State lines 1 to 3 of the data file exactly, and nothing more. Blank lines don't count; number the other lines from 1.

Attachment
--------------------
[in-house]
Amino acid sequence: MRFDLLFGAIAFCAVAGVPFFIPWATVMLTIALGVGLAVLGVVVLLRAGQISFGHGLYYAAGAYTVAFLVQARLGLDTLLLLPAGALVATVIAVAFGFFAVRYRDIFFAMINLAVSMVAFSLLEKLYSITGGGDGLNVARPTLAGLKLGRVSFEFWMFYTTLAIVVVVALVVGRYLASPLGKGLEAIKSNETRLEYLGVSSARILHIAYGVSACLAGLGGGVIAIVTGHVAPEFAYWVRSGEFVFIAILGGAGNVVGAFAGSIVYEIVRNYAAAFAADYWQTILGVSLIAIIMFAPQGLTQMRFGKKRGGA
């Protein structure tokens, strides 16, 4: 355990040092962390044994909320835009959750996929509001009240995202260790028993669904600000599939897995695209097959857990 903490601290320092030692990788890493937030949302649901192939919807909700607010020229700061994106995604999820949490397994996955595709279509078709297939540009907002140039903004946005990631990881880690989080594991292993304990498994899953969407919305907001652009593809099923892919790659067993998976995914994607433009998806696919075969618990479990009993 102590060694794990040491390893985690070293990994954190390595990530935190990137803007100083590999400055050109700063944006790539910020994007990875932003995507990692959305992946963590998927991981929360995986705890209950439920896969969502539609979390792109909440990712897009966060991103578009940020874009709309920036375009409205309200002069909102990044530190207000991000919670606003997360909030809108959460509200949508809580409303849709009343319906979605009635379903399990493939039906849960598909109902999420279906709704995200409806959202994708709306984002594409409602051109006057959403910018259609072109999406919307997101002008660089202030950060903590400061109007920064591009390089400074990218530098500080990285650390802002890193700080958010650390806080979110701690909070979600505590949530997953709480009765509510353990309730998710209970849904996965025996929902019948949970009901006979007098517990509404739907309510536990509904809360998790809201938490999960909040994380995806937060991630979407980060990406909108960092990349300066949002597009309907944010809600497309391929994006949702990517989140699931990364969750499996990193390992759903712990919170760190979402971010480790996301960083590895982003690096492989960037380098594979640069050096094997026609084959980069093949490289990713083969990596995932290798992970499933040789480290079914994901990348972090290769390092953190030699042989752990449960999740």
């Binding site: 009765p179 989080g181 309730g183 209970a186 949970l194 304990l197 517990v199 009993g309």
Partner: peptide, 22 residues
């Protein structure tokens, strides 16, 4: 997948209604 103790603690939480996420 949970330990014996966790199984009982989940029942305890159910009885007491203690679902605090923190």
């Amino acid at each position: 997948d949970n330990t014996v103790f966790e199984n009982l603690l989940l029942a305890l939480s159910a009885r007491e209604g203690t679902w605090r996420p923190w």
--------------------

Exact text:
[in-house]
Amino acid sequence: MRFDLLFGAIAFCAVAGVPFFIPWATVMLTIALGVGLAVLGVVVLLRAGQISFGHGLYYAAGAYTVAFLVQARLGLDTLLLLPAGALVATVIAVAFGFFAVRYRDIFFAMINLAVSMVAFSLLEKLYSITGGGDGLNVARPTLAGLKLGRVSFEFWMFYTTLAIVVVVALVVGRYLASPLGKGLEAIKSNETRLEYLGVSSARILHIAYGVSACLAGLGGGVIAIVTGHVAPEFAYWVRSGEFVFIAILGGAGNVVGAFAGSIVYEIVRNYAAAFAADYWQTILGVSLIAIIMFAPQGLTQMRFGKKRGGA
């Protein structure tokens, strides 16, 4: 355990040092962390044994909320835009959750996929509001009240995202260790028993669904600000599939897995695209097959857990 903490601290320092030692990788890493937030949302649901192939919807909700607010020229700061994106995604999820949490397994996955595709279509078709297939540009907002140039903004946005990631990881880690989080594991292993304990498994899953969407919305907001652009593809099923892919790659067993998976995914994607433009998806696919075969618990479990009993 102590060694794990040491390893985690070293990994954190390595990530935190990137803007100083590999400055050109700063944006790539910020994007990875932003995507990692959305992946963590998927991981929360995986705890209950439920896969969502539609979390792109909440990712897009966060991103578009940020874009709309920036375009409205309200002069909102990044530190207000991000919670606003997360909030809108959460509200949508809580409303849709009343319906979605009635379903399990493939039906849960598909109902999420279906709704995200409806959202994708709306984002594409409602051109006057959403910018259609072109999406919307997101002008660089202030950060903590400061109007920064591009390089400074990218530098500080990285650390802002890193700080958010650390806080979110701690909070979600505590949530997953709480009765509510353990309730998710209970849904996965025996929902019948949970009901006979007098517990509404739907309510536990509904809360998790809201938490999960909040994380995806937060991630979407980060990406909108960092990349300066949002597009309907944010809600497309391929994006949702990517989140699931990364969750499996990193390992759903712990919170760190979402971010480790996301960083590895982003690096492989960037380098594979640069050096094997026609084959980069093949490289990713083969990596995932290798992970499933040789480290079914994901990348972090290769390092953190030699042989752990449960999740």